What kind of training and certification do you need to fly a UAS?  UAS range from hummingbird-sized to the size of airliners and are made from everything from foam to composites.  How do you set airworthiness standards for something this diverse?  UAS are completely reliant on electronics and computers to fly.  How do you secure them?
The rise of the commercial UAS industry also means an increased possibility of accidental collisions with other aircraft as well as both natural and man-made obstacles.

What types of research is your team at ASSURE conducting with sensors that can help mitigate the risk of UAS collisions?
Most of the research ASSURE conducts is targeted at making UAS collisions less likely.
New Mexico State and the University of North Dakota are teaming to find ways to
safely fly UAS beyond visual line of sight using a variety sensors and procedures.
North Carolina State University and the Ohio State University are finding out if
manned “detect and avoid systems” – like ADS-B or TCAS – will work for UAS.  Kansas
State is researching airworthiness standards, Drexel is working human factors and
Wichita State, Mississippi State, Montana State, Ohio State and Alabama Huntsville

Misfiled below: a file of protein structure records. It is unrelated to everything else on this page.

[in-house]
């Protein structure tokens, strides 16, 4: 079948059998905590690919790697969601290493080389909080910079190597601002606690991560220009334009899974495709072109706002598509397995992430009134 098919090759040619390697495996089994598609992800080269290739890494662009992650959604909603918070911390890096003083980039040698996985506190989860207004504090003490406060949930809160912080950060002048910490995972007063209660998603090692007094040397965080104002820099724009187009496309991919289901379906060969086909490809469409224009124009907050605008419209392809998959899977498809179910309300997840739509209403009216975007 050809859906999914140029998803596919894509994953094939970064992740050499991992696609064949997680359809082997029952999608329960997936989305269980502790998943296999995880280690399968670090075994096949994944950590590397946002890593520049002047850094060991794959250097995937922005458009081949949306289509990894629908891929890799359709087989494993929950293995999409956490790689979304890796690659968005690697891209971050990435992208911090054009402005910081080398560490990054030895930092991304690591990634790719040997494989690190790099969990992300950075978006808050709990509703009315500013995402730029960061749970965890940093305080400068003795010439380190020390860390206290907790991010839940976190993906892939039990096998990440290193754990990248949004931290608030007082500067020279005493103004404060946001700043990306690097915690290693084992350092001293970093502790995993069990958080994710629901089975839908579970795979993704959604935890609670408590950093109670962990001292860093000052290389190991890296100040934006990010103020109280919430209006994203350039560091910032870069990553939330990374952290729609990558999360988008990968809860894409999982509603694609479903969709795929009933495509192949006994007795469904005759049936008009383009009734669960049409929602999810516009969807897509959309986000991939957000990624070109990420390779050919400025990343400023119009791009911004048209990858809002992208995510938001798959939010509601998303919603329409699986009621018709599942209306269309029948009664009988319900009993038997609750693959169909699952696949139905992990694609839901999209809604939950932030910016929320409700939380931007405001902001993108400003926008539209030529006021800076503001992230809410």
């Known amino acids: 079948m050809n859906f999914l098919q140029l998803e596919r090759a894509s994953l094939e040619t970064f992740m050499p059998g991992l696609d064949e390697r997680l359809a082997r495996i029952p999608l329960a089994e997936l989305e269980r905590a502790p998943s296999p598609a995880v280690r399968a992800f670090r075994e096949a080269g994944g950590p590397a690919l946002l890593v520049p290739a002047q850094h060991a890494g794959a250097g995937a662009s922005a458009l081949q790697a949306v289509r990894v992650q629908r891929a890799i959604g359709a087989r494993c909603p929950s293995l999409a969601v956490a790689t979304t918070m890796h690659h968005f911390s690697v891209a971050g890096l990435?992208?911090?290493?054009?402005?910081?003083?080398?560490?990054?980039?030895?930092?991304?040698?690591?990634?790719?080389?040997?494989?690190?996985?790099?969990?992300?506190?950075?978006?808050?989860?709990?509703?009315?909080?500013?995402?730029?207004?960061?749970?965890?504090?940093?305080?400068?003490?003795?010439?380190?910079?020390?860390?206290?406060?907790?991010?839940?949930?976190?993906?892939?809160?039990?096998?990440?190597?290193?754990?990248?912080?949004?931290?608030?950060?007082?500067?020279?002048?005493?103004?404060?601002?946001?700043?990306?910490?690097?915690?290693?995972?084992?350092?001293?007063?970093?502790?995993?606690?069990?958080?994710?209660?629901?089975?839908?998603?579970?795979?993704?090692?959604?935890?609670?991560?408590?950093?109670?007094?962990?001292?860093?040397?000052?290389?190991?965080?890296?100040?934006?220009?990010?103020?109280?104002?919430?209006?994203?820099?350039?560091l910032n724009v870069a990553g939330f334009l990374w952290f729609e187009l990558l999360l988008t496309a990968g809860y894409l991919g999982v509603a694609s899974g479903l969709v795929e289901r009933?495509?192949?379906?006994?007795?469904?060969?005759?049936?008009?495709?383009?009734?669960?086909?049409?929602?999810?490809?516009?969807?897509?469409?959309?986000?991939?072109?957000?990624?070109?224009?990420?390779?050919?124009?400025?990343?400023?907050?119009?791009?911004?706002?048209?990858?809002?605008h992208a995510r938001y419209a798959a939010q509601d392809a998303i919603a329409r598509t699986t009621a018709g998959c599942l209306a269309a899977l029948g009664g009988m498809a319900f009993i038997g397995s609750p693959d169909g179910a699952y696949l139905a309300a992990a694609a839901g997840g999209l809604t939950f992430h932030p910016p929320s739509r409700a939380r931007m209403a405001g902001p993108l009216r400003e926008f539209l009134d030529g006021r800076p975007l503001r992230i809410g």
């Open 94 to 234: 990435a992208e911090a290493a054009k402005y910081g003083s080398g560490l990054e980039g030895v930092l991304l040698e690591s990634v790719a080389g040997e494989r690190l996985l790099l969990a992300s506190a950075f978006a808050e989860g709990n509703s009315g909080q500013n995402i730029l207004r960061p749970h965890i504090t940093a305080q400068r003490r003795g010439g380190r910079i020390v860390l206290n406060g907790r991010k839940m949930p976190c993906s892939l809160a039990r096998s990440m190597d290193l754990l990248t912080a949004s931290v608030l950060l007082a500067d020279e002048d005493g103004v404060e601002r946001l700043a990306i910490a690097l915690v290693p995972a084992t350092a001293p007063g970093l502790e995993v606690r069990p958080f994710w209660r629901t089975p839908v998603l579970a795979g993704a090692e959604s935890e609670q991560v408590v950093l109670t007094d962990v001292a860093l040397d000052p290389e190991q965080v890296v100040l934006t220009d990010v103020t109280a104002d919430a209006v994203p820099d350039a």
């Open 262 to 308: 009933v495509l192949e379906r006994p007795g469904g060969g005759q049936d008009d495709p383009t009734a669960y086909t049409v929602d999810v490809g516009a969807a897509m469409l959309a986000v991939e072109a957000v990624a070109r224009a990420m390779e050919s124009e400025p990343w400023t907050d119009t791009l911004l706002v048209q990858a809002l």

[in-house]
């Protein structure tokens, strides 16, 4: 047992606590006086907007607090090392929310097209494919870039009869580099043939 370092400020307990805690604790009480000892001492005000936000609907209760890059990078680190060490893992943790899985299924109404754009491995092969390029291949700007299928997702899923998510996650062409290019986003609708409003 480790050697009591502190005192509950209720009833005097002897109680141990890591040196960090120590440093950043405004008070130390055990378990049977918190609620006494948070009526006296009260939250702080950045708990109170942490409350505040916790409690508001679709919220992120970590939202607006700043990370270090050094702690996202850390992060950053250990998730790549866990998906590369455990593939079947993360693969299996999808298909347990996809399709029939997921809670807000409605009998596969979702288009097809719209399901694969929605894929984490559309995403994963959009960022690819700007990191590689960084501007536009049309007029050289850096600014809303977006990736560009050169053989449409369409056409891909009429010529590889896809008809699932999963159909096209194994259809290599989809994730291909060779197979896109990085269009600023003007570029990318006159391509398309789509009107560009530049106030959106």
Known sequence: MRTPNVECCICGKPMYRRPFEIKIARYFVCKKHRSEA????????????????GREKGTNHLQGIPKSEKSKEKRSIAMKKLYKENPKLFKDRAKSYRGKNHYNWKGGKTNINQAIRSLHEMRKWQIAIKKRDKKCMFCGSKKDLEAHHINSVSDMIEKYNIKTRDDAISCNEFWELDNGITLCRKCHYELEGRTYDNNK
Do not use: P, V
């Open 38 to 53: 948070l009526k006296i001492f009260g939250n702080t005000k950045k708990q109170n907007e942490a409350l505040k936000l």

are working air to air and air to ground collision studies.

As a follow up to the previous question, the FAA has also become particularly concerned with the growing number of sUAS in the national airspace that are operating below 400 feet. We’ve discussed the increased possibility for collisions due to the rise of sUAS but what are the other key areas where sUAS are having a significant impact on our national airspace?
The FAA is very concerned about both intentional and accidental UAS intrusion into
controlled airspace, such as around airports. ASSURE research indicates that nearly
any sized UAS could destroy a jet engine if its ingested into the turbine.  Hence,
ASSURE is working with DHS, DoD and, of course, the FAA develop ways to detect and counter unauthorized UAS in controlled airspace.

From your view as the Executive Director of an FAA Center for Excellence in UAS
Research, are there any particular developments or challenges in the industry (military, government, commercial, etc.) that you find to be particularly exciting or concerning?
The exciting part is how fast UAS rulemaking is now working and the help ASSURE
can provide the FAA in making this process faster.  The Administrator has really
affected a “sea change” lately in the FAA when it comes to UAS.  ASSURE had only
been in operation a few months before the recent Micro UAS aviation rulemaking committee, but it was great to see the impact our research had on the committee’s final report. I think our research convinced the committee that its unsafe to allow UAS to fly
near airports, but safer than we think to fly UAS over people given some relatively
simple precautions.  My concern is that small UAS have been getting all the attention
to date.  We need to apply the same process to large UAS because industry is convinced
that large UAS will be game changers in the market.